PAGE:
Amira sets aside her fears and returns to school
For Amira, returning to school has marked another change in her life – a return to planning for a promising future
It was 6 May 2018 when Amira Salisu’s life changed forever. As a 13-year-old primary school student in Shekwa village in the Batsari local government area of Katsina State, northern Nigeria, she had longed to continue her education alongside her older brother and then eventually become a journalist, the first in her community.
But then came the day she and her parents heard gunshots, and a gang of men appeared in her family home, just as her brother was returning from school.
“They slaughtered my brother right in front of my parents and me,” Amira recounts, two years later. “He had just returned from school and was still wearing his school uniform. My mother tried to hide him away, but the bad men had followed him home.”
While life continued, she and other children were scared to put on school uniforms again, fearing further attacks. Her family’s trauma is just one of many similar stories stemming from violence in northern Nigeria, which has forced many to upend their lives and flee their homes.
“The people of our community were afraid to allow their children go to school again because everyone saw what happened to my brother. The bad people made everyone run away from the village after the attack,” she said.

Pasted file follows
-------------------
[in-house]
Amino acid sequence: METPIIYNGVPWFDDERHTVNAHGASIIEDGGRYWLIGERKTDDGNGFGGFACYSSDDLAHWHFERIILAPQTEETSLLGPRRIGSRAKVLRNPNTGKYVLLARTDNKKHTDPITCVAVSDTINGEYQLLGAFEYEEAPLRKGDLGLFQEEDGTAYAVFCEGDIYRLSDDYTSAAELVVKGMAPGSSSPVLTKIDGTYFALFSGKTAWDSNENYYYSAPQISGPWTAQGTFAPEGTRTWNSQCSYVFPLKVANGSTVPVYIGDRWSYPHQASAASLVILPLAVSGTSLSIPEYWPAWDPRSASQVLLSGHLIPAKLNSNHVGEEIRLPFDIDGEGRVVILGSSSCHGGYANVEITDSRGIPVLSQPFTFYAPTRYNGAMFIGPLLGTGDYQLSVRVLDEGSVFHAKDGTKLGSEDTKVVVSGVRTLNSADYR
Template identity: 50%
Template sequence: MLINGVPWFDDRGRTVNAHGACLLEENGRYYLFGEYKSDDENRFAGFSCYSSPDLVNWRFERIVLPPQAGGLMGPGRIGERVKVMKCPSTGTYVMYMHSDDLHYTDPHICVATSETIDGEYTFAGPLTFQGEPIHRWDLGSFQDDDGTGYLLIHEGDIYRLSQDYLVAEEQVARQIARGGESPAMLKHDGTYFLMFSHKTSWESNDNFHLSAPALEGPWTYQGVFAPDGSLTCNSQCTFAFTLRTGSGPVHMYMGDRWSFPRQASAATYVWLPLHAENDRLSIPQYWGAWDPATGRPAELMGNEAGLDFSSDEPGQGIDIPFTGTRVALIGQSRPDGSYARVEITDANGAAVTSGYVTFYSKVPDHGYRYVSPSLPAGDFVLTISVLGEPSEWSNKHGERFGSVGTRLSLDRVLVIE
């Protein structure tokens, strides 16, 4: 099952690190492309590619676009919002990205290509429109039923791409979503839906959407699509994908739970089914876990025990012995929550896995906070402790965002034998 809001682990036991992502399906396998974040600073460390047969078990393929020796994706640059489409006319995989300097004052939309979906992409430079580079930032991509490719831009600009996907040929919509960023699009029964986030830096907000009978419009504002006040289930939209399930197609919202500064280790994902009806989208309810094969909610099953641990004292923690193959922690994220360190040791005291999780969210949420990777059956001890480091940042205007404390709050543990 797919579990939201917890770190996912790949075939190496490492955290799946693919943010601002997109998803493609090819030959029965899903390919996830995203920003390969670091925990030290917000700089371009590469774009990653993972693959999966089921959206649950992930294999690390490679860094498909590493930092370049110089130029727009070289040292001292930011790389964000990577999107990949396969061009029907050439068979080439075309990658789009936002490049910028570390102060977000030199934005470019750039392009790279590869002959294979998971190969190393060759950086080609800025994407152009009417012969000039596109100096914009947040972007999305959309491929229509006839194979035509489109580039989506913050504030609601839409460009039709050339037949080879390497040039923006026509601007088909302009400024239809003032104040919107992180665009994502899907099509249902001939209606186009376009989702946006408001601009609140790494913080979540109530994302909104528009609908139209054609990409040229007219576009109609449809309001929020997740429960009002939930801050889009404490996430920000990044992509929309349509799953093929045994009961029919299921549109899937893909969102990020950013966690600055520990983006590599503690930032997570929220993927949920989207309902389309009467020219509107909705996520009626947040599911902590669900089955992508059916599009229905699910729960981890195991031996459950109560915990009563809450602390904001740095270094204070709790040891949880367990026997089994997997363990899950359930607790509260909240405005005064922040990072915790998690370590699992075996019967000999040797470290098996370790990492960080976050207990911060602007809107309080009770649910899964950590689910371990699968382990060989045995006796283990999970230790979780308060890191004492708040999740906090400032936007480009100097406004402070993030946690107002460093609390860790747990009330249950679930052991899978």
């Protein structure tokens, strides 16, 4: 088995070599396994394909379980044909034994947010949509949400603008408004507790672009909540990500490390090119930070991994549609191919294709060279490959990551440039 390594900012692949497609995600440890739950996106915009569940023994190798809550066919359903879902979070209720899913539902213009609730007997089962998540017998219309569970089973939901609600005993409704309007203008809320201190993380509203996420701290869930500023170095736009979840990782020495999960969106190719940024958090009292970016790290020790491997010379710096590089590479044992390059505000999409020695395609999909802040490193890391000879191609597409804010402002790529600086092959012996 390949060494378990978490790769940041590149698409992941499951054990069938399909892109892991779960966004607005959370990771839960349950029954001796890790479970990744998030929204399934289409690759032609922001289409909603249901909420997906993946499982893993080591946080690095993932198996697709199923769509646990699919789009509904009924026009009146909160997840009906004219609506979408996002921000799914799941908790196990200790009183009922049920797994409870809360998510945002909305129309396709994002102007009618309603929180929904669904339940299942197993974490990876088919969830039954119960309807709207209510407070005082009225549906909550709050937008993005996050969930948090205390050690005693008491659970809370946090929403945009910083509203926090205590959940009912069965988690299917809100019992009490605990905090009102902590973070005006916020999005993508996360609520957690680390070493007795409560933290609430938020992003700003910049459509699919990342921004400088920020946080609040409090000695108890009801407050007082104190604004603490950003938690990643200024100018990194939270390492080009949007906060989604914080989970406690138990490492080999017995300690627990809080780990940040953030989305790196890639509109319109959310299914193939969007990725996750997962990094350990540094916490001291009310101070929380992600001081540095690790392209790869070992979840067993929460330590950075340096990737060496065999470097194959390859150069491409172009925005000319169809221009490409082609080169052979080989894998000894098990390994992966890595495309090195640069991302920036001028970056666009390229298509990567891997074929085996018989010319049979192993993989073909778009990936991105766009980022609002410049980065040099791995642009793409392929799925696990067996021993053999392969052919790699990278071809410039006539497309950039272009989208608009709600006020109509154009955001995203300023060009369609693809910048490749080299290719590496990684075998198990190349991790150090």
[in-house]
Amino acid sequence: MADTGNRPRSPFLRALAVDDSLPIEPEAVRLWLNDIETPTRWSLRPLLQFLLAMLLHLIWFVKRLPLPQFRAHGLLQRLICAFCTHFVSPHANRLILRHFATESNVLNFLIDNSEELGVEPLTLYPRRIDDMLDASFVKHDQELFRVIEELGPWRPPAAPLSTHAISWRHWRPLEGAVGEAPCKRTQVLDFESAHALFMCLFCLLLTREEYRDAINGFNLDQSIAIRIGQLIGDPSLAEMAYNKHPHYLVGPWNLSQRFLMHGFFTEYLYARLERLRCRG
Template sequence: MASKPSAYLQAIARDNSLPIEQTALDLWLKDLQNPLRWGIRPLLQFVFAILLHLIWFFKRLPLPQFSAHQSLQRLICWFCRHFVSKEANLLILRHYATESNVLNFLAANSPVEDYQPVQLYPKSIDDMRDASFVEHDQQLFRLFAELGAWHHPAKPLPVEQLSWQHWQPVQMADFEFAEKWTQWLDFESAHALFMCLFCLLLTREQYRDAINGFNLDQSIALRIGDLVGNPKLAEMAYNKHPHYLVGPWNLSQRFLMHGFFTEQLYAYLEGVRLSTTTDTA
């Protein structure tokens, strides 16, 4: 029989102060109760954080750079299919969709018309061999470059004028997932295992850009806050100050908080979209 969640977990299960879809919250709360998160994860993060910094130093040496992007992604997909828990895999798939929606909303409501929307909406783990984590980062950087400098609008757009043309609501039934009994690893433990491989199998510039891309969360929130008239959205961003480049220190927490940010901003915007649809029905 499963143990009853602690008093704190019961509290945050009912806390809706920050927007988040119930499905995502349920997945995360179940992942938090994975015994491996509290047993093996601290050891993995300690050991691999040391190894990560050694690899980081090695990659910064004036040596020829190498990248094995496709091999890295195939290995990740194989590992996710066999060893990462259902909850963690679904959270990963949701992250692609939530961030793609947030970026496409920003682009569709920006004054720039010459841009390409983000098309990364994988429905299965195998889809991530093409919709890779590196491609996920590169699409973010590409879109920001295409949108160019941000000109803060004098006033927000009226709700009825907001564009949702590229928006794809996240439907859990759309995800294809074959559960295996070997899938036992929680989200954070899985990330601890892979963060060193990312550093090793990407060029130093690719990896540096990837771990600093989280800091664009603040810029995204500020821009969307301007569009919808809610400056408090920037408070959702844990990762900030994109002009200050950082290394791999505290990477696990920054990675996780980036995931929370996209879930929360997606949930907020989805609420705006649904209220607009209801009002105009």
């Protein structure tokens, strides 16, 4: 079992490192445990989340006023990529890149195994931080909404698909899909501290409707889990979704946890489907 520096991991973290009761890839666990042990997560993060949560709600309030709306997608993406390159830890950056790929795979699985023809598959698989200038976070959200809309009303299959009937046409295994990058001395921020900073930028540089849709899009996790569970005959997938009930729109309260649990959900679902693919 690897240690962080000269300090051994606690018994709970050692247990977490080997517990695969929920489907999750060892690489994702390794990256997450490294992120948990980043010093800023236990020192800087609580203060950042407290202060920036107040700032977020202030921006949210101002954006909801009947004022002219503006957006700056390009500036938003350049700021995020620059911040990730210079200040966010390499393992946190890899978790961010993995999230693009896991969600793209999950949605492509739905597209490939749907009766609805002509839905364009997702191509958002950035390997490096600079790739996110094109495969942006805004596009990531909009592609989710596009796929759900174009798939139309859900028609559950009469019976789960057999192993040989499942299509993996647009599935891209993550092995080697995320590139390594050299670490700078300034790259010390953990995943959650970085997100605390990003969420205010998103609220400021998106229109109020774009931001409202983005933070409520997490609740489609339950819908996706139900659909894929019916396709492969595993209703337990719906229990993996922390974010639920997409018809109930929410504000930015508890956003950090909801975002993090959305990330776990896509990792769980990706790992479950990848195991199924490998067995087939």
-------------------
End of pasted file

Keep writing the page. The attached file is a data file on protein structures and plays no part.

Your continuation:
Amira has now managed to overcome her fear and returned to school, helped by the Girls Education Project Phase 3 (GEP3), an eight-year project started in 2012 that seeks to ensure more girls complete basic education and acquire life skills.
The project, funded by UK’s Foreign and Commonwealth Development Office (FCDO), is implemented by UNICEF in partnership with federal and state governments. The project’s focuses on six northern states that have a high number of out-of-school girls - Bauchi, Katsina, Niger, Sokoto, Zamfara and Kano.
One of the project’s interventions is the High-Level Women Advocacy (HILWA), a group of influential women in the six states who run school enrolment campaigns and lobby decision makers to create opportunities for women to acquire positions of authority in the education sector.
Since forming in 2014, HILWA has shown substantial results, including training thousands of women to conduct regular school enrolment drives and educating parents in communities such as Shekwa on the need to enroll their daughters in school.
“Before, I didn’t want to wear a school uniform again, because I believed if I went to school again, I might be killed like my brother,” said Amira. “I eventually returned to school in September 2019 after HILWA spoke to my mother and me about the importance of girl child education.”
Hauwa Kaikai, UNICEF Katsina Gender officer, said the GEP3 project has committed to boosting the enrolment of girls in schools, and that more than 1.3 million girls in primary and secondary schools have been enrolled across the state.
For Amira, returning to school has marked another change in her life – a return to planning for a promising future.
“That day I told myself that I can become whatever I want in life - in my new school. I have made a commitment to finish my education.”